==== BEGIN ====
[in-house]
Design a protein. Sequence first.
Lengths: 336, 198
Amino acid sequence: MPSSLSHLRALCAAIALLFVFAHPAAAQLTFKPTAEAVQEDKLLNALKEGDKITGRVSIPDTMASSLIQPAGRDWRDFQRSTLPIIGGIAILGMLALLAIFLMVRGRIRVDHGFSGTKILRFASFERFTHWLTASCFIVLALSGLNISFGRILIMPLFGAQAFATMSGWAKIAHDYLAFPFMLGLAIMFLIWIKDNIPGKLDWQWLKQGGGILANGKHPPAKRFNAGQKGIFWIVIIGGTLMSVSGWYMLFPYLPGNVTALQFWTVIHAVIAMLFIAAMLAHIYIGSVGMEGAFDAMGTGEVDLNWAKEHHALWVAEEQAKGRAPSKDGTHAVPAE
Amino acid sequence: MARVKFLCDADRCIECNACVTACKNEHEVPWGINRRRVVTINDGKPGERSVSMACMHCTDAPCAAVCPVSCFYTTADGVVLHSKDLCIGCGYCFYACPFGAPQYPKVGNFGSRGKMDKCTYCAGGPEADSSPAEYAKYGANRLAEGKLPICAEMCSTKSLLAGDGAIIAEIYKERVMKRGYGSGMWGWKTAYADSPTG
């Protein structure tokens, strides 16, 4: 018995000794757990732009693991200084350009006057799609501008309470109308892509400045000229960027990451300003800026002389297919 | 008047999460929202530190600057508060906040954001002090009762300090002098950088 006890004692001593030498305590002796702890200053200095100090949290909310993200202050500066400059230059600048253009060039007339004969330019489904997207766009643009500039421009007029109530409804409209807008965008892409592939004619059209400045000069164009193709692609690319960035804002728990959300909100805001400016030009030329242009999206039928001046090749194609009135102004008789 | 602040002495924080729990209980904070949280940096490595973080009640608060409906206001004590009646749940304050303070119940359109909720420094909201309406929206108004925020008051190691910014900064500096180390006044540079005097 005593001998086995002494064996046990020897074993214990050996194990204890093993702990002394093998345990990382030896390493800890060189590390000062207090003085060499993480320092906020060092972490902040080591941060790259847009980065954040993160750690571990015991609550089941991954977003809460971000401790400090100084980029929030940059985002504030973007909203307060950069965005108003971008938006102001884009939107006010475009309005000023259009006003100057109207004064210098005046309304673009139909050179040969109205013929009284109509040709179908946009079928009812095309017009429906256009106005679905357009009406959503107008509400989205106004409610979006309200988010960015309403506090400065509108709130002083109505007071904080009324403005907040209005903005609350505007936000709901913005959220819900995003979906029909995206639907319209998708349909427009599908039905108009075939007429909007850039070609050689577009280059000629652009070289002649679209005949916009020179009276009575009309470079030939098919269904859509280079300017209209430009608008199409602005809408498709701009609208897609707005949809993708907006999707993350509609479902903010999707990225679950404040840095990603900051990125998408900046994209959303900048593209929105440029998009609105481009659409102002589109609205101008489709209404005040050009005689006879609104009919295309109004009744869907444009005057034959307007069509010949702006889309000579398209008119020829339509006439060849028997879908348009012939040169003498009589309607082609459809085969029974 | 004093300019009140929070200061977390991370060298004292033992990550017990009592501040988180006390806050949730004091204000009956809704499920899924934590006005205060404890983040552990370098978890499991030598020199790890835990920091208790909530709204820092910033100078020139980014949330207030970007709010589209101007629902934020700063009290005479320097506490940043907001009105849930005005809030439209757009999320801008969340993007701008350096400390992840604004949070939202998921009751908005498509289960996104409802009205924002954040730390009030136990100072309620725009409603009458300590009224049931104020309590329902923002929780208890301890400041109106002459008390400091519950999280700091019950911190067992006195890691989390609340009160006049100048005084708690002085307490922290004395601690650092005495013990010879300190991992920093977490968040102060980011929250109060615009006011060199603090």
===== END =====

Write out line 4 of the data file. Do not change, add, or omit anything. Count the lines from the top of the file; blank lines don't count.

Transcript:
Amino acid sequence: MPSSLSHLRALCAAIALLFVFAHPAAAQLTFKPTAEAVQEDKLLNALKEGDKITGRVSIPDTMASSLIQPAGRDWRDFQRSTLPIIGGIAILGMLALLAIFLMVRGRIRVDHGFSGTKILRFASFERFTHWLTASCFIVLALSGLNISFGRILIMPLFGAQAFATMSGWAKIAHDYLAFPFMLGLAIMFLIWIKDNIPGKLDWQWLKQGGGILANGKHPPAKRFNAGQKGIFWIVIIGGTLMSVSGWYMLFPYLPGNVTALQFWTVIHAVIAMLFIAAMLAHIYIGSVGMEGAFDAMGTGEVDLNWAKEHHALWVAEEQAKGRAPSKDGTHAVPAE